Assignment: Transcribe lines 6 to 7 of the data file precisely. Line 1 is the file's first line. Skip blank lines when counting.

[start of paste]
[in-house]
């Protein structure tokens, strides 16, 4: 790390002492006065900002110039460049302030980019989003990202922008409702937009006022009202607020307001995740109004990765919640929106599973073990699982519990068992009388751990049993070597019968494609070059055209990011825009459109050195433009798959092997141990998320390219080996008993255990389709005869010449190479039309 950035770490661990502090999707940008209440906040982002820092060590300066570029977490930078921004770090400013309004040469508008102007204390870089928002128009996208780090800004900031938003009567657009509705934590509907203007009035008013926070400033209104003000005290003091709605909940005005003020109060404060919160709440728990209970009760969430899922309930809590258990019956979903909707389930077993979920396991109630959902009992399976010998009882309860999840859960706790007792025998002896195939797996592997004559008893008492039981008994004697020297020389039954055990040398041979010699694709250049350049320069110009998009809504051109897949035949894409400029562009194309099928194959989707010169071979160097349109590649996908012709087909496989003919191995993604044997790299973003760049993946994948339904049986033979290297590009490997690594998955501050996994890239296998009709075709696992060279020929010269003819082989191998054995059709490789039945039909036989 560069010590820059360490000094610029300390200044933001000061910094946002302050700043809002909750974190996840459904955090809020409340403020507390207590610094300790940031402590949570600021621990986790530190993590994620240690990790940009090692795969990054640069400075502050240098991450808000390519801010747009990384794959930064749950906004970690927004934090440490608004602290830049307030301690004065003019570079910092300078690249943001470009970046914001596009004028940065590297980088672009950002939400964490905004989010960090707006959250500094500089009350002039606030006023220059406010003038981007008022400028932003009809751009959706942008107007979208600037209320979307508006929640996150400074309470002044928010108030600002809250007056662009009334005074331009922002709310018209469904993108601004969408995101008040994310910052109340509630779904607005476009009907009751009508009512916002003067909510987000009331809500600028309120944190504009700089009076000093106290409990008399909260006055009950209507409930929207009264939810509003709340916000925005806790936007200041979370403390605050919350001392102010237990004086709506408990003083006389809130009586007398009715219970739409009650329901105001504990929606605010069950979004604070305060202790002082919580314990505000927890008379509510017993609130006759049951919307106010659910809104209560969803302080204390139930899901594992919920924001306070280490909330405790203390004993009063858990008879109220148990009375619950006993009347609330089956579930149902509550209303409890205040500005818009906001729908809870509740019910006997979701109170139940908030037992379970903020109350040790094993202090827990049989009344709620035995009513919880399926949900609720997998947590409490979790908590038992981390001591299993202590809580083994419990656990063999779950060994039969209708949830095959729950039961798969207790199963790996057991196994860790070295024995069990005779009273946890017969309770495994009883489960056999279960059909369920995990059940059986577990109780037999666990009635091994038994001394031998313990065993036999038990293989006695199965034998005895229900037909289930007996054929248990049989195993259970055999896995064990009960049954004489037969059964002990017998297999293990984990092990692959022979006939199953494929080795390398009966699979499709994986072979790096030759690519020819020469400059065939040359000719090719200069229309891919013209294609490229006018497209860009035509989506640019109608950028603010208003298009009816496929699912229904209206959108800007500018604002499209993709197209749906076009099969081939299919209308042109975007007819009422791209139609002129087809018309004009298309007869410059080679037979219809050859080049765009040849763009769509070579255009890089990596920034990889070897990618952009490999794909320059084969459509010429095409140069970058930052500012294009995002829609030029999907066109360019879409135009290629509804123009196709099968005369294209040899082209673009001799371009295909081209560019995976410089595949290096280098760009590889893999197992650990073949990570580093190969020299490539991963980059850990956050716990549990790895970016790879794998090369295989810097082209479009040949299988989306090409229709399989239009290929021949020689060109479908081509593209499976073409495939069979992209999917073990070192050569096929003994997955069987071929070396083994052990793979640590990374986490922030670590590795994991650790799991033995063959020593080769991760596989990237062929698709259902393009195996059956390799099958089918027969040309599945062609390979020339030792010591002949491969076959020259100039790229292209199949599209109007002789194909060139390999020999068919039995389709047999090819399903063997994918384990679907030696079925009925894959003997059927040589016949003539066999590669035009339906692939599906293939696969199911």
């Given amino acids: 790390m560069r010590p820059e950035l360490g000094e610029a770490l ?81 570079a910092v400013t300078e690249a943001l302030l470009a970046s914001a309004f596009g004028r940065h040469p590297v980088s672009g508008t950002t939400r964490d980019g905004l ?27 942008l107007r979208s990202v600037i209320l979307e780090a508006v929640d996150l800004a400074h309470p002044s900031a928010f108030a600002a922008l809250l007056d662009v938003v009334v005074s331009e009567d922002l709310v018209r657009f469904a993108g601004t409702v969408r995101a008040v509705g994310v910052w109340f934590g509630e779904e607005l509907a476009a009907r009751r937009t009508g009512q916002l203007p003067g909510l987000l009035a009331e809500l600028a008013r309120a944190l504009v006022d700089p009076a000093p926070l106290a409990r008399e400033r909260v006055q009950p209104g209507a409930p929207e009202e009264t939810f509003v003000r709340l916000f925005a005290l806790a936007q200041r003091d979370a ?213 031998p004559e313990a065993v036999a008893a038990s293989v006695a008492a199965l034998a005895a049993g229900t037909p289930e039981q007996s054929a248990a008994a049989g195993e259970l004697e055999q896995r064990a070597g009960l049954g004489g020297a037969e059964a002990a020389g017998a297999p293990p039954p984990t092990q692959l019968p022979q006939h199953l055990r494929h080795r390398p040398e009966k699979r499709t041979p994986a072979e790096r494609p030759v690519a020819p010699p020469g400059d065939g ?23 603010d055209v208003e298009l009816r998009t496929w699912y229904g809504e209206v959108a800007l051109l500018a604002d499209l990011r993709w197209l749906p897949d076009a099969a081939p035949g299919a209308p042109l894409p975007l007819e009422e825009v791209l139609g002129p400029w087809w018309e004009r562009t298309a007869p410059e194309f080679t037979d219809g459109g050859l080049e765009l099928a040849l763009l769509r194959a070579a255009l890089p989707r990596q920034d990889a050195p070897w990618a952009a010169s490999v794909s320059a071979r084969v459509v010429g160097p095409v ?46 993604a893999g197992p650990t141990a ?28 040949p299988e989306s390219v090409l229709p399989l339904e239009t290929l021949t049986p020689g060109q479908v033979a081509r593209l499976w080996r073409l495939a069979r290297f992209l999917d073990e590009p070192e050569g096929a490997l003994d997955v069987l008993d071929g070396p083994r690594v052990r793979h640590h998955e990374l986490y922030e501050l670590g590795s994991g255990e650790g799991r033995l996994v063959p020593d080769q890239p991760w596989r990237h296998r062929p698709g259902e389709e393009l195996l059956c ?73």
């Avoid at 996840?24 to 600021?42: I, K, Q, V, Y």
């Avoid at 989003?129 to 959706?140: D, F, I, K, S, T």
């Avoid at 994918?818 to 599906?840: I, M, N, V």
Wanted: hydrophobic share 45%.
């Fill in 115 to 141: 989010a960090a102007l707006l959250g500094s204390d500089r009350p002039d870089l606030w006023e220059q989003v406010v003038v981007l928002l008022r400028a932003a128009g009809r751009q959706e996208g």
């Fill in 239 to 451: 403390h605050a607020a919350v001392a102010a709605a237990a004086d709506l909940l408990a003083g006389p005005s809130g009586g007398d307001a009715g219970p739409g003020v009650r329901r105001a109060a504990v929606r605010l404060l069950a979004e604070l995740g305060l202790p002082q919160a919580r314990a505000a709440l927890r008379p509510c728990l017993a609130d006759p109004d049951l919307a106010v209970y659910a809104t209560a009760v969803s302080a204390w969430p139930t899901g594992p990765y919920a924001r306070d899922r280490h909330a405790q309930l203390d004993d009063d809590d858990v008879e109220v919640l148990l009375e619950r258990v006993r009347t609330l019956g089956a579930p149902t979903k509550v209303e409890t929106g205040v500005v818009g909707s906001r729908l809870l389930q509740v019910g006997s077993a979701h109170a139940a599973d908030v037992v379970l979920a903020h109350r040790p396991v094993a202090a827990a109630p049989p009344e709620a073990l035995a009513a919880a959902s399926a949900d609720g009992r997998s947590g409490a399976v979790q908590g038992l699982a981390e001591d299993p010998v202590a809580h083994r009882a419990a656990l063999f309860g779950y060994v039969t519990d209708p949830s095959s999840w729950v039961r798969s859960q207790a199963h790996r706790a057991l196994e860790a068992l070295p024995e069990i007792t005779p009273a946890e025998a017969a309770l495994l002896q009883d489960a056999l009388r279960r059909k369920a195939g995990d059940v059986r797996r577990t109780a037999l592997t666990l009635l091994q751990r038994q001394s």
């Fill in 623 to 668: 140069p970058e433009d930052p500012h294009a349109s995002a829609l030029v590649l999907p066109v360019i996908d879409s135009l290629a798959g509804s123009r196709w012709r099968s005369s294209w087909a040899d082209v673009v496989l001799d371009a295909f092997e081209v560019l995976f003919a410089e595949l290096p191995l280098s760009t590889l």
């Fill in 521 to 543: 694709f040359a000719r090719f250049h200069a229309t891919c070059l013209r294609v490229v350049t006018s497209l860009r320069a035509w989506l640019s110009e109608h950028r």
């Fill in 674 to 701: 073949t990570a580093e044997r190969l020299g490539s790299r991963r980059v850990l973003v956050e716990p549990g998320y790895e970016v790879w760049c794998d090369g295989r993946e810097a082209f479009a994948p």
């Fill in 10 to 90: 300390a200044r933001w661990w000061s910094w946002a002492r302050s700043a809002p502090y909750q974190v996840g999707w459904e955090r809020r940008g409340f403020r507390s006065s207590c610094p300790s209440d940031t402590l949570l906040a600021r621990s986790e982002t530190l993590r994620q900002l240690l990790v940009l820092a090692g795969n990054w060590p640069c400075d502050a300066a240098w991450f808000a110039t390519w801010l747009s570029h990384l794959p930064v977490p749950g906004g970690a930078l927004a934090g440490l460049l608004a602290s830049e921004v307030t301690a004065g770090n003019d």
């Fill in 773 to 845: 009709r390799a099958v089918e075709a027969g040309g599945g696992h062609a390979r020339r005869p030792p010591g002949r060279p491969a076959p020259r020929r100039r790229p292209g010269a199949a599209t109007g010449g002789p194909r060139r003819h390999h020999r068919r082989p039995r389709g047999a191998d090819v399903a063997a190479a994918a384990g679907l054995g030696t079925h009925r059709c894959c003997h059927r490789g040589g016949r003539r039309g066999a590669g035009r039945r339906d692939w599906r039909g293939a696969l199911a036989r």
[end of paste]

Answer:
């Avoid at 994918?818 to 599906?840: I, M, N, V």
Wanted: hydrophobic share 45%.